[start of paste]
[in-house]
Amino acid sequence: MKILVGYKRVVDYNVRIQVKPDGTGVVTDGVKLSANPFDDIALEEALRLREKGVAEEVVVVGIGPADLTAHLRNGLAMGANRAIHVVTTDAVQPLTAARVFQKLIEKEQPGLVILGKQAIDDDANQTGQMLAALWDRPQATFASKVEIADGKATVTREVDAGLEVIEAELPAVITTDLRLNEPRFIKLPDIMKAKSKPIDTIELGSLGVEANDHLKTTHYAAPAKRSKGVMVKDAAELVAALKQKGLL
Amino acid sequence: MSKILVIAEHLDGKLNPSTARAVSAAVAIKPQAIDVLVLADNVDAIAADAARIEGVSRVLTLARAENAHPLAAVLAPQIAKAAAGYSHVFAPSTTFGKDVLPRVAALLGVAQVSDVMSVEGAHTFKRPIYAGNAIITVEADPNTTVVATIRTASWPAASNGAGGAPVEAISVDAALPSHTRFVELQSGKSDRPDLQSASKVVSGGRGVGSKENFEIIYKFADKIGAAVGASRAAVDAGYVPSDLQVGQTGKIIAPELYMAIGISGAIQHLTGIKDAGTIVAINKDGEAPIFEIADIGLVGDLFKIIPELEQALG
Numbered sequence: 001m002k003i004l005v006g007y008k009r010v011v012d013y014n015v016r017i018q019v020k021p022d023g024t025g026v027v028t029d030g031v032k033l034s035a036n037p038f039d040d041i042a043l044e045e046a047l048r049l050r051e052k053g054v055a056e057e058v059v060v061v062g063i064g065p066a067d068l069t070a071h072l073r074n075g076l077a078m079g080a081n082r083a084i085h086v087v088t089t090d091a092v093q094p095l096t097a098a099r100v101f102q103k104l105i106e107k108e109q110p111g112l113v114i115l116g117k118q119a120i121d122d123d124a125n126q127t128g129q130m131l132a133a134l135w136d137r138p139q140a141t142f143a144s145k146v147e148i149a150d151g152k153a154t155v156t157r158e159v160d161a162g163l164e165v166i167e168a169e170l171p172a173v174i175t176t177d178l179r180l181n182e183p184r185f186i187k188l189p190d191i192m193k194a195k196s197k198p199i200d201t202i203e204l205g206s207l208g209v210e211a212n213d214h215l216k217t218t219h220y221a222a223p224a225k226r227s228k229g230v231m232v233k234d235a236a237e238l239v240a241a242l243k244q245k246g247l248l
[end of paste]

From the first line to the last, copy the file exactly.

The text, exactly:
[in-house]
Amino acid sequence: MKILVGYKRVVDYNVRIQVKPDGTGVVTDGVKLSANPFDDIALEEALRLREKGVAEEVVVVGIGPADLTAHLRNGLAMGANRAIHVVTTDAVQPLTAARVFQKLIEKEQPGLVILGKQAIDDDANQTGQMLAALWDRPQATFASKVEIADGKATVTREVDAGLEVIEAELPAVITTDLRLNEPRFIKLPDIMKAKSKPIDTIELGSLGVEANDHLKTTHYAAPAKRSKGVMVKDAAELVAALKQKGLL
Amino acid sequence: MSKILVIAEHLDGKLNPSTARAVSAAVAIKPQAIDVLVLADNVDAIAADAARIEGVSRVLTLARAENAHPLAAVLAPQIAKAAAGYSHVFAPSTTFGKDVLPRVAALLGVAQVSDVMSVEGAHTFKRPIYAGNAIITVEADPNTTVVATIRTASWPAASNGAGGAPVEAISVDAALPSHTRFVELQSGKSDRPDLQSASKVVSGGRGVGSKENFEIIYKFADKIGAAVGASRAAVDAGYVPSDLQVGQTGKIIAPELYMAIGISGAIQHLTGIKDAGTIVAINKDGEAPIFEIADIGLVGDLFKIIPELEQALG
Numbered sequence: 001m002k003i004l005v006g007y008k009r010v011v012d013y014n015v016r017i018q019v020k021p022d023g024t025g026v027v028t029d030g031v032k033l034s035a036n037p038f039d040d041i042a043l044e045e046a047l048r049l050r051e052k053g054v055a056e057e058v059v060v061v062g063i064g065p066a067d068l069t070a071h072l073r074n075g076l077a078m079g080a081n082r083a084i085h086v087v088t089t090d091a092v093q094p095l096t097a098a099r100v101f102q103k104l105i106e107k108e109q110p111g112l113v114i115l116g117k118q119a120i121d122d123d124a125n126q127t128g129q130m131l132a133a134l135w136d137r138p139q140a141t142f143a144s145k146v147e148i149a150d151g152k153a154t155v156t157r158e159v160d161a162g163l164e165v166i167e168a169e170l171p172a173v174i175t176t177d178l179r180l181n182e183p184r185f186i187k188l189p190d191i192m193k194a195k196s197k198p199i200d201t202i203e204l205g206s207l208g209v210e211a212n213d214h215l216k217t218t219h220y221a222a223p224a225k226r227s228k229g230v231m232v233k234d235a236a237e238l239v240a241a242l243k244q245k246g247l248l